My chapter is ‘The contributions of family and local historians to British history online‘. My abstract:
Community history projects across Britain have collected and created images, indexes and transcriptions of historical documents ranging from newspaper articles and photographs, to wills and biographical records. Based on analysis of community- and institutionally-led participatory history sites, and interviews with family and local historians, this chapter discusses common models for projects in which community historians cooperated to create digital resources. For decades, family and local historians have organised or contributed to projects to collect, digitise and publish historical sources about British history. What drives amateur historians to voluntarily spend their time digitising cultural heritage? How do they cooperatively or collaboratively create resources? And what challenges do they face?
Mia Ridge is a Digital Curator in the British Library’s Digital Scholarship team. She has a PhD in digital humanities (2015, Department of History, Open University) entitled Making Digital History: the impact of digitality on public participation and scholarly practices in historical research. Previously, she conducted human-computer interaction-based research on crowdsourcing in cultural heritage.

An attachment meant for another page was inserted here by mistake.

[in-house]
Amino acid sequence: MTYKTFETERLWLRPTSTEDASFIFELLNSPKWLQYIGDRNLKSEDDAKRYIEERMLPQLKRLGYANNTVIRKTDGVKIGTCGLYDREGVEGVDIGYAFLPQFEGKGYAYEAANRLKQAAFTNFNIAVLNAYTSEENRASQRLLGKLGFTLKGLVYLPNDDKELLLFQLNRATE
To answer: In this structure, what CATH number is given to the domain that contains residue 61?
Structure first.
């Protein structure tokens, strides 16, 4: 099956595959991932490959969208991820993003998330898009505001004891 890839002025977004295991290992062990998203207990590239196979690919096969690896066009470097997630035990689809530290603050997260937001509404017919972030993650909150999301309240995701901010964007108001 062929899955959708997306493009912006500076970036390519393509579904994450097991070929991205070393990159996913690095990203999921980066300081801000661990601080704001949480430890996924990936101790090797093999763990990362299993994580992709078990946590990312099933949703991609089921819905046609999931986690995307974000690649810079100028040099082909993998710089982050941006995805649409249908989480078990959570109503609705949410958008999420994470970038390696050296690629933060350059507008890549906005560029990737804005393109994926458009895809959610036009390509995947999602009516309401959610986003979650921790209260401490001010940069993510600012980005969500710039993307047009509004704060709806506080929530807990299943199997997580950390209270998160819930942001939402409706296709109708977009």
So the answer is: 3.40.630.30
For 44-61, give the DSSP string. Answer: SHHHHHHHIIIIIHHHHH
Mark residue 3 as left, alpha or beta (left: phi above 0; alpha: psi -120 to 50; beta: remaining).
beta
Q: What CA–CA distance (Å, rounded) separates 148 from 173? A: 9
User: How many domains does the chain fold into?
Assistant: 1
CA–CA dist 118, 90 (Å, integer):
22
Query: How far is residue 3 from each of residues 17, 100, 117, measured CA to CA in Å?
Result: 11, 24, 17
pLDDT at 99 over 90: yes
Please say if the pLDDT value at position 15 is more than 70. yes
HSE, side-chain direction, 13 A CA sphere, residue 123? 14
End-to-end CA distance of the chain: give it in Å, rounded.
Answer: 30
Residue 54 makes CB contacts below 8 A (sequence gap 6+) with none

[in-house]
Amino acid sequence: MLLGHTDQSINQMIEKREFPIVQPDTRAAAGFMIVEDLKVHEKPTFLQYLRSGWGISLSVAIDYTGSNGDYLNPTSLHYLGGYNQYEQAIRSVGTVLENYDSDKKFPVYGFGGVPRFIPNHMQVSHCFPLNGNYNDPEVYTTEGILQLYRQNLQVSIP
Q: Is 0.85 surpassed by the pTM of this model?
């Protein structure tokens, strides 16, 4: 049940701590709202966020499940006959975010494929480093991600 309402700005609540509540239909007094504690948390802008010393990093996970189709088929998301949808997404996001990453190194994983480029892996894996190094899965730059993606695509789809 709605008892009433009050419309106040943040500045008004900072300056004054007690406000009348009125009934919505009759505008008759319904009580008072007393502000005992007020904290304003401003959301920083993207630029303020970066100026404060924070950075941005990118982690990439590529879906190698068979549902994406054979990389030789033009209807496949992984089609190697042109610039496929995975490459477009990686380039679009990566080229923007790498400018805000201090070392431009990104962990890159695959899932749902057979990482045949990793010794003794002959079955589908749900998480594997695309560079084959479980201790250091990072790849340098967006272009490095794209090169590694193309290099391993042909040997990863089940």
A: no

My thanks to the organisers for their excellent hospitality, and to the attendees for their thoughtful and probing questions!
My abstract: Why and how are museums, libraries, archives and academic projects creating crowdsourcing projects to help digitize collections or enhance their knowledge about them? Based on a review of hundreds of heritage crowdsourcing projects, this talk will highlight examples of successful projects, discuss why members of the public volunteer their time, and consider the different outcomes possible.
As part of my trip to Texas for SXSW, I was invited to give a workshop on ‘Crowdsourcing and Cultural Heritage’ in the Fondren Library at Rice University’s Humanities Research CenterSawyer Seminar series on March 7, 2016. My slides are below. My visit was a great chance to find out more about the teaching and projects at the Research Center, and my thanks go to the organisers for their excellent hospitality.
Abstract: This workshop will provide an overview of crowdsourcing in cultural heritage and consider the ethics and motivations for participation. International case studies will be discussed to provide real life illustrations of design tips and to inspire creative thinking.